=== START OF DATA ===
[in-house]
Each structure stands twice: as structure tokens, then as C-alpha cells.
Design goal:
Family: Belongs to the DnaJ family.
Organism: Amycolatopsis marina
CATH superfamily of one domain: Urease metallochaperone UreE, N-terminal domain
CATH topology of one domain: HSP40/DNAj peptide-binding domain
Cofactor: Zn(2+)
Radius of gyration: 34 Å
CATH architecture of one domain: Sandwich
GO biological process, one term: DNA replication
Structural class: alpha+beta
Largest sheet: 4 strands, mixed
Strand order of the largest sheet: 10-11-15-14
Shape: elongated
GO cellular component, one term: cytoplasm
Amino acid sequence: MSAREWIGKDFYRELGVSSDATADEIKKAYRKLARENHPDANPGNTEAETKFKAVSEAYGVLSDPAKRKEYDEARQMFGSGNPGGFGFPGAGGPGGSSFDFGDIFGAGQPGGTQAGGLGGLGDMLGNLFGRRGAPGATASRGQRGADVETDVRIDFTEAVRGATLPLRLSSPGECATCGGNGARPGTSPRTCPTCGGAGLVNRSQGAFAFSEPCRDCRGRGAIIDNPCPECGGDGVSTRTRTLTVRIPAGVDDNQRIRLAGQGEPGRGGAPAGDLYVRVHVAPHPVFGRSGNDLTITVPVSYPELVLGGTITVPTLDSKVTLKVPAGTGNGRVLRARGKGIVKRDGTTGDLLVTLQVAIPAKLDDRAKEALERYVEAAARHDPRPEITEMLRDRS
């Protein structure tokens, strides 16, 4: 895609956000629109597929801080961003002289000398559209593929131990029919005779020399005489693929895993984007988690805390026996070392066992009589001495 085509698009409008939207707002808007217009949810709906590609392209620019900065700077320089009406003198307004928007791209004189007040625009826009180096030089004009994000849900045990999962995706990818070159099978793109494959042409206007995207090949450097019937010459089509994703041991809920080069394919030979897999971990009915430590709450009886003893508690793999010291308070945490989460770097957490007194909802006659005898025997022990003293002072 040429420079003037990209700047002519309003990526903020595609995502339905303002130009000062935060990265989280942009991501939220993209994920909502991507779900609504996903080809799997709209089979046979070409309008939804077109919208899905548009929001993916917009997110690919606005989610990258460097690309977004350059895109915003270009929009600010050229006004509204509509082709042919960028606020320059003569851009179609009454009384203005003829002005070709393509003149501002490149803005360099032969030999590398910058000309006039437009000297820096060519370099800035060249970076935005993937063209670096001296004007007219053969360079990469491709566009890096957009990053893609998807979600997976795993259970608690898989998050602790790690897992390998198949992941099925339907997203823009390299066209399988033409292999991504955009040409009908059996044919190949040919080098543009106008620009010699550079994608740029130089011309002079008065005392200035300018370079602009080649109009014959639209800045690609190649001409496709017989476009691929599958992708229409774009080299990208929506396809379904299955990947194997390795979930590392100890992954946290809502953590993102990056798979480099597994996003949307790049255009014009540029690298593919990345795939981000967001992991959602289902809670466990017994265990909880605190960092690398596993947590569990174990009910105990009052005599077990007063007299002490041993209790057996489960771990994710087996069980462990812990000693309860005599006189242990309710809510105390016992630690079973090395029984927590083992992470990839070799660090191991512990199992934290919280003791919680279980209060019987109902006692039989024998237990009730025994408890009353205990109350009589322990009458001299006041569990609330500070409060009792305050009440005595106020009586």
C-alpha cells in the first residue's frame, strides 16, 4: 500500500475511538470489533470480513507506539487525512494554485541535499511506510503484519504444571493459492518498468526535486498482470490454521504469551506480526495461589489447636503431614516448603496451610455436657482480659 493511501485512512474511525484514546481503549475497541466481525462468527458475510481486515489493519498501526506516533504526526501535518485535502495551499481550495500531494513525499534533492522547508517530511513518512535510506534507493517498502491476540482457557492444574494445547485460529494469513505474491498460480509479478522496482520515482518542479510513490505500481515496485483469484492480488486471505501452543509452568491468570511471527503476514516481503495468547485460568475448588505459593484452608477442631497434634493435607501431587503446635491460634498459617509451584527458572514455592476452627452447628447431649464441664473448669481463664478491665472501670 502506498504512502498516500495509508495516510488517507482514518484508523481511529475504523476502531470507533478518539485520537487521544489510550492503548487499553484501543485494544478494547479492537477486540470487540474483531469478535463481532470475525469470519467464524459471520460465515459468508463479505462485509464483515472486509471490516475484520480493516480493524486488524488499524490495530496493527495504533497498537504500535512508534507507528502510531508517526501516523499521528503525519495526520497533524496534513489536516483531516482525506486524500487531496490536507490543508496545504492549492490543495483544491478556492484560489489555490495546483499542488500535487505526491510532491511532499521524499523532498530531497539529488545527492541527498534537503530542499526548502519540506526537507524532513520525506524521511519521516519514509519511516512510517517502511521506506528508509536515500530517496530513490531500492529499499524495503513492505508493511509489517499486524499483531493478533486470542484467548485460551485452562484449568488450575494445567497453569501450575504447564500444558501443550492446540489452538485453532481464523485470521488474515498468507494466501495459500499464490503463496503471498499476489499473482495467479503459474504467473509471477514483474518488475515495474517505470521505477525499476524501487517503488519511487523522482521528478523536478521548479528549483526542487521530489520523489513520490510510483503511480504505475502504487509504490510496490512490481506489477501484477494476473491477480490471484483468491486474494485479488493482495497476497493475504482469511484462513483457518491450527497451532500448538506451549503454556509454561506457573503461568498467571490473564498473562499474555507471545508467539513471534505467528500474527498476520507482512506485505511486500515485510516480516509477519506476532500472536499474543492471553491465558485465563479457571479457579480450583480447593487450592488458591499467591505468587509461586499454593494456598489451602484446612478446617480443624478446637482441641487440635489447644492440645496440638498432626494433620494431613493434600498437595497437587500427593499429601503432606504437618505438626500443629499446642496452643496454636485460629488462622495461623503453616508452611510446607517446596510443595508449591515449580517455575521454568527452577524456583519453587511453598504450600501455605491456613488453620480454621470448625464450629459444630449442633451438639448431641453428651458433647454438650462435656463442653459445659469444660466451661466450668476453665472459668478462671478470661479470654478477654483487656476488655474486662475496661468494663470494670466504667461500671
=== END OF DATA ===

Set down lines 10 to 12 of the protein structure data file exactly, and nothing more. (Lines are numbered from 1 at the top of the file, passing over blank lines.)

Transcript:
CATH architecture of one domain: Sandwich
GO biological process, one term: DNA replication
Structural class: alpha+beta